North Carolina Business Court Ruling Regarding Fees May Impact Class Action Claims
North Carolina Business Court Judge Louis Bledsoe III has held that the named plaintiff must pay any defendant's costs incurred after the plaintiff rejected the defendant’s offer of judgment. This decision brings to an end more than three years of class action litigation in Gay v People's Bank (Lincoln County, 13 CVS 383). The plaintiff in the suit challenged overdraft fees charged by Peoples Bank. Peoples Bank responded that the fees were authorized by the account agreements signed by plaintiff. The Business Court agreed with the bank and granted summary judgment in its favor. That judgment was affirmed by the North Carolina Court of Appeals.
The bank, in order to resolve the case earlier, made the plaintiff an offer of judgment under Rule 68 of the North Carolina Rules of Civil Procedure. Rule 68 is a risk-shifting rule that penalizes a party who rejects a reasonable settlement offer by requiring them to pay litigation costs incurred after the offer if the eventual judgment is not as favorable as the offer. The plaintiff argued that he should not be required to pay the litigation costs for a number of reasons, all of which the Business Court addressed and rejected.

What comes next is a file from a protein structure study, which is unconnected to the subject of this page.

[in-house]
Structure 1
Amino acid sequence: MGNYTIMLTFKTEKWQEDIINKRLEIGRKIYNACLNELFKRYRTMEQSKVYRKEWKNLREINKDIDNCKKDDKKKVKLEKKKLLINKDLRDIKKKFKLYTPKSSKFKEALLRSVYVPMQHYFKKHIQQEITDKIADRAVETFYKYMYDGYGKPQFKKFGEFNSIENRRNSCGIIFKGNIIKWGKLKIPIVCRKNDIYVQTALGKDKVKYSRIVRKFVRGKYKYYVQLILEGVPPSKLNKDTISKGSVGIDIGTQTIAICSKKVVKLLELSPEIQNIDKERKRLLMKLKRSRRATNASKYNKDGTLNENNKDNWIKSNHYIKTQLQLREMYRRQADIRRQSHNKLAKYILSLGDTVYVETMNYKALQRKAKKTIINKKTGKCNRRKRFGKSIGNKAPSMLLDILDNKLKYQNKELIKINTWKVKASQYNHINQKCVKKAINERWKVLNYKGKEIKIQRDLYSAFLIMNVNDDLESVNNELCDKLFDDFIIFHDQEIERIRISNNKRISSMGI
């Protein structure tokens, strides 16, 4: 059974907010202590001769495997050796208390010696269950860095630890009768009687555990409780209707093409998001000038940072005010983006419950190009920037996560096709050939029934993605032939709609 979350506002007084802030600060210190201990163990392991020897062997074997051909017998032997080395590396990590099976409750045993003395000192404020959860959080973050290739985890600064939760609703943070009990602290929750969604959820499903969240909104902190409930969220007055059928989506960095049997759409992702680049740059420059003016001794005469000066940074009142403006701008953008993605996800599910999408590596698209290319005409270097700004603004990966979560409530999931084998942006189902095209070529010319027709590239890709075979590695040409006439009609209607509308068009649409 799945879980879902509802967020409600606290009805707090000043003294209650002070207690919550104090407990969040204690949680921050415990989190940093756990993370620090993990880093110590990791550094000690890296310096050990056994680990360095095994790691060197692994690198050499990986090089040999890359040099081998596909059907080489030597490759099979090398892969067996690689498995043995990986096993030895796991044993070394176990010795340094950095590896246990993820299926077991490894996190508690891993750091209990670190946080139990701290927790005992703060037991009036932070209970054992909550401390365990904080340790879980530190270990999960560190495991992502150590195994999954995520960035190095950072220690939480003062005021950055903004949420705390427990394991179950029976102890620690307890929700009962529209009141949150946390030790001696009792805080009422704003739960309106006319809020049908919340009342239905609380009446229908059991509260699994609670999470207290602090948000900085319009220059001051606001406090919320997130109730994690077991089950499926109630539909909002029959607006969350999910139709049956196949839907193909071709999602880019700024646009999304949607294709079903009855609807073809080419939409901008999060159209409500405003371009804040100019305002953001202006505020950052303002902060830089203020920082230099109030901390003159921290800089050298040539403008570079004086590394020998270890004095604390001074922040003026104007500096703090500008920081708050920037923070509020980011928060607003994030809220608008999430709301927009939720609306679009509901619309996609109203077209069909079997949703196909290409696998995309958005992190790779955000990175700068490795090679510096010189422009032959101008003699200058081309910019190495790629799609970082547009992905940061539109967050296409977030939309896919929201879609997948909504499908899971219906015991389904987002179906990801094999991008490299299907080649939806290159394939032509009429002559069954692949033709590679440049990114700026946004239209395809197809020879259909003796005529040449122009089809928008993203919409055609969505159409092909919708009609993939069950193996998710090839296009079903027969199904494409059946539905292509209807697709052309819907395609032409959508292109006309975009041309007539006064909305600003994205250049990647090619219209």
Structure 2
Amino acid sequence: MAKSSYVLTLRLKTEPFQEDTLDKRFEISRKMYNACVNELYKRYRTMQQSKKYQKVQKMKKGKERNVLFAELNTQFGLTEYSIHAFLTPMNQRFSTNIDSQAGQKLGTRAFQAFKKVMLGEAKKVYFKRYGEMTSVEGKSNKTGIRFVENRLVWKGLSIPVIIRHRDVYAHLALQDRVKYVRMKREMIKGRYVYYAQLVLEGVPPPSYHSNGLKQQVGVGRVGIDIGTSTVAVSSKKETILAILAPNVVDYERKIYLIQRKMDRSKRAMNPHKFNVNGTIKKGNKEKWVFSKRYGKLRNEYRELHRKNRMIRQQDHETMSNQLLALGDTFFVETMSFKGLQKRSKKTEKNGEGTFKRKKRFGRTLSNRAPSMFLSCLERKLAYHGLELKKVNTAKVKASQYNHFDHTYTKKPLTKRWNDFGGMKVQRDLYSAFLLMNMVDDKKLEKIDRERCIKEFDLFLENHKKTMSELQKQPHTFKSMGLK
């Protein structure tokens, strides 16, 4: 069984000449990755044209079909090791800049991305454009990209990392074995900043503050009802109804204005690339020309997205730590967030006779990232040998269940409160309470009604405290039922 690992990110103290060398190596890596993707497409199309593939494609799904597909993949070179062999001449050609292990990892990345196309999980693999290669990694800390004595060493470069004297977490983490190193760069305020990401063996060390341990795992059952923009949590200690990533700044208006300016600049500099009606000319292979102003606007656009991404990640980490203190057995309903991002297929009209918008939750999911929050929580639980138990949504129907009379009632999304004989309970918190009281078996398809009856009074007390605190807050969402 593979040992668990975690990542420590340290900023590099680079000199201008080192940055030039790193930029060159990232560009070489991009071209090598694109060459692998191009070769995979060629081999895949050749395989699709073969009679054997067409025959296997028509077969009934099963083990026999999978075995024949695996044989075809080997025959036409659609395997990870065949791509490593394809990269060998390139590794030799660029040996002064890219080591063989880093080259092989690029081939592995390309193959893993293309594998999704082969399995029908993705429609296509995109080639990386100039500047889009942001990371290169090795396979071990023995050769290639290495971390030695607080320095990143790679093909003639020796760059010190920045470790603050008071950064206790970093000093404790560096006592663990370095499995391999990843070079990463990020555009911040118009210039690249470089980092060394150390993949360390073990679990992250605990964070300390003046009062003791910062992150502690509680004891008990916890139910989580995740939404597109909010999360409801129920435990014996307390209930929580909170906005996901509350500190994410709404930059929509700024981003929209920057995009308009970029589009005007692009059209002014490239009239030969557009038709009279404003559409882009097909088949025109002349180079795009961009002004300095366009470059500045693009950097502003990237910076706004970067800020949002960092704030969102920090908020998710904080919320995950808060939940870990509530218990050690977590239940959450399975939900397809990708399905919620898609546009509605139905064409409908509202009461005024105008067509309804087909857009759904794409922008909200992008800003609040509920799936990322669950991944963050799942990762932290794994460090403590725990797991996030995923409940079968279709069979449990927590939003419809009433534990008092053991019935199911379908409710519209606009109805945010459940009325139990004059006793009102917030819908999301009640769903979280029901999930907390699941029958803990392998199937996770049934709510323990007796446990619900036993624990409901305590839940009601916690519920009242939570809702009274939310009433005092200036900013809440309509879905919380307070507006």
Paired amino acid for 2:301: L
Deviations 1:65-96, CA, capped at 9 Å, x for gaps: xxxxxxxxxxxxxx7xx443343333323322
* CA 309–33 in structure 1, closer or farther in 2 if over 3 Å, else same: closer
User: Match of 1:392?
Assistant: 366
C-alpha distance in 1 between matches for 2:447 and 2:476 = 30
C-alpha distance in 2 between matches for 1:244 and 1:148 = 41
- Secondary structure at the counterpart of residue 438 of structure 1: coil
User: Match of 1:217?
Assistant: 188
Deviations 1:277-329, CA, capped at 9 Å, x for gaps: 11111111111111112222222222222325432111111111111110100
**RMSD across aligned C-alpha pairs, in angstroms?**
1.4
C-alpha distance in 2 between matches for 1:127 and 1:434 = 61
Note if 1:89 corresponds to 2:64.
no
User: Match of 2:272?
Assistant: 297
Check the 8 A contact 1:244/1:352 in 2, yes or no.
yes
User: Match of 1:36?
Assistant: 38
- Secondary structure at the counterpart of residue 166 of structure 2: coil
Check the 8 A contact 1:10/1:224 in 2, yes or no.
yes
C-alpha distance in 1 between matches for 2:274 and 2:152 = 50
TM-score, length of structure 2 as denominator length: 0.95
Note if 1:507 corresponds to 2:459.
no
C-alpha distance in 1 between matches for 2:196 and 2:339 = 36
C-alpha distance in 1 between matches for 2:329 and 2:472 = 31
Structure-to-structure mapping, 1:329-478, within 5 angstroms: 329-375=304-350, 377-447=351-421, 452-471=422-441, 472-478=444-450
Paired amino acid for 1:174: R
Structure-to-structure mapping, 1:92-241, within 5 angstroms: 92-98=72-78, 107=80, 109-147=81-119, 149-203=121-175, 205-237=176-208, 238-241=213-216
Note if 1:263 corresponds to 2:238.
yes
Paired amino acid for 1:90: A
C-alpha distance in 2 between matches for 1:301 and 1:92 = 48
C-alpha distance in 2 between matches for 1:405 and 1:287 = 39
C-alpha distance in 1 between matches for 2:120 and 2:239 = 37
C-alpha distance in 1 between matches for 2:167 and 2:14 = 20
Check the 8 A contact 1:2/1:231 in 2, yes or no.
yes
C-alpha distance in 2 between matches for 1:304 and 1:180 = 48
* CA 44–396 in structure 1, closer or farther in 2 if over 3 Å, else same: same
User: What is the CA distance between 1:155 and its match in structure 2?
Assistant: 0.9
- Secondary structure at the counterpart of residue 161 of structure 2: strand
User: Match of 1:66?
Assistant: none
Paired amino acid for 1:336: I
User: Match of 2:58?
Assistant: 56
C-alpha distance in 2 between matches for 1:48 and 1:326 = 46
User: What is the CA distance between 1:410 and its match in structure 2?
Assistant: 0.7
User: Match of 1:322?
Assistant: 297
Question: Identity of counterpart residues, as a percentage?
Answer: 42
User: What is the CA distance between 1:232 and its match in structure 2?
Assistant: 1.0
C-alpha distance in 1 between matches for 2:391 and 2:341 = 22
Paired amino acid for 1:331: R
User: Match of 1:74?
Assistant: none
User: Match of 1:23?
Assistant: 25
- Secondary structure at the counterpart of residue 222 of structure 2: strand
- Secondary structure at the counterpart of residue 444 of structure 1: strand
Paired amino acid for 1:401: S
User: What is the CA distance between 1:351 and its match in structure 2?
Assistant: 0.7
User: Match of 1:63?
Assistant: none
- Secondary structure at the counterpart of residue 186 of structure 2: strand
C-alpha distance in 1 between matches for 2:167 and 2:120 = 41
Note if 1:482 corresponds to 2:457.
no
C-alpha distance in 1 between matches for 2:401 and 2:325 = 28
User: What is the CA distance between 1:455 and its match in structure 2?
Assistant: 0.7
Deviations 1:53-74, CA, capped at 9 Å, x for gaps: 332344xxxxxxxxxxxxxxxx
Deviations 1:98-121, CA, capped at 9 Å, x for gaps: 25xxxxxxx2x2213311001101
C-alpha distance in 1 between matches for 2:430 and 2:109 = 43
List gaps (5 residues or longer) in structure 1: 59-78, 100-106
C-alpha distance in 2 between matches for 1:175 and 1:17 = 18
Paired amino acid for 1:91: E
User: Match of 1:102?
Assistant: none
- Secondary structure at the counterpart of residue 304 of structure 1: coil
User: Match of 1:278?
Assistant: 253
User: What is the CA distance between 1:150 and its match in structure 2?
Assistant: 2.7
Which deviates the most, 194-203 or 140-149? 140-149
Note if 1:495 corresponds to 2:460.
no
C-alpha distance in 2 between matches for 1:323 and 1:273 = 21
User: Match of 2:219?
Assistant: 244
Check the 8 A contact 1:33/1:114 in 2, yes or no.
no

Although the amount of the costs awarded is modest (less than $6,000), the ruling is significant for two reasons. For lawyers, it interprets Rule 68 of the North Carolina Rules of Civil Procedure on a previously unsettled point of law—and in a way that differs from the Federal Rules of Civil Procedure. For litigants, it makes clear that plaintiffs who lose their cases on summary judgment must pay costs incurred by defendants after making offers of judgment.
The decision by the North Carolina Business Court will be particularly important to litigants in class action cases. The defense of class action lawsuits is expensive. Ordinarily the plaintiffs who bring the lawsuits don't care about that because all of the defense costs are paid by the defendants. Now that it is clear that at least some of those costs may be shifted to the plaintiffs, the pursuit of class action claims will require more careful analysis.